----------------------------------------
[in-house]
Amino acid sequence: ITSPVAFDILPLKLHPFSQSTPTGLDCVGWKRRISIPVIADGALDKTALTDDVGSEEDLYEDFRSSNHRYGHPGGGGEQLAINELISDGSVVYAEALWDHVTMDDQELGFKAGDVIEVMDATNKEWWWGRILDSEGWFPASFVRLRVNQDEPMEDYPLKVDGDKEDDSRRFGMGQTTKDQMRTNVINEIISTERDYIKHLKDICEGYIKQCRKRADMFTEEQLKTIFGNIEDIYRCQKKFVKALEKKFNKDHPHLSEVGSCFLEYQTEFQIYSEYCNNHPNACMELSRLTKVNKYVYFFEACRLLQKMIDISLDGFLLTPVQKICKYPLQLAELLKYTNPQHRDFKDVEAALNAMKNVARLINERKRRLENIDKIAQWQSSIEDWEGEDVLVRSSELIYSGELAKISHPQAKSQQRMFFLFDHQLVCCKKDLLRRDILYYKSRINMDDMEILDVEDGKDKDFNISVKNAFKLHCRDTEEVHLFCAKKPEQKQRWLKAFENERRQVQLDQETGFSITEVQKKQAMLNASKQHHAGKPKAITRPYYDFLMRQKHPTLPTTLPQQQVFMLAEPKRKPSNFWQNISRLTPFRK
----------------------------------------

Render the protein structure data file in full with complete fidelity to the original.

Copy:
[in-house]
Amino acid sequence: ITSPVAFDILPLKLHPFSQSTPTGLDCVGWKRRISIPVIADGALDKTALTDDVGSEEDLYEDFRSSNHRYGHPGGGGEQLAINELISDGSVVYAEALWDHVTMDDQELGFKAGDVIEVMDATNKEWWWGRILDSEGWFPASFVRLRVNQDEPMEDYPLKVDGDKEDDSRRFGMGQTTKDQMRTNVINEIISTERDYIKHLKDICEGYIKQCRKRADMFTEEQLKTIFGNIEDIYRCQKKFVKALEKKFNKDHPHLSEVGSCFLEYQTEFQIYSEYCNNHPNACMELSRLTKVNKYVYFFEACRLLQKMIDISLDGFLLTPVQKICKYPLQLAELLKYTNPQHRDFKDVEAALNAMKNVARLINERKRRLENIDKIAQWQSSIEDWEGEDVLVRSSELIYSGELAKISHPQAKSQQRMFFLFDHQLVCCKKDLLRRDILYYKSRINMDDMEILDVEDGKDKDFNISVKNAFKLHCRDTEEVHLFCAKKPEQKQRWLKAFENERRQVQLDQETGFSITEVQKKQAMLNASKQHHAGKPKAITRPYYDFLMRQKHPTLPTTLPQQQVFMLAEPKRKPSNFWQNISRLTPFRK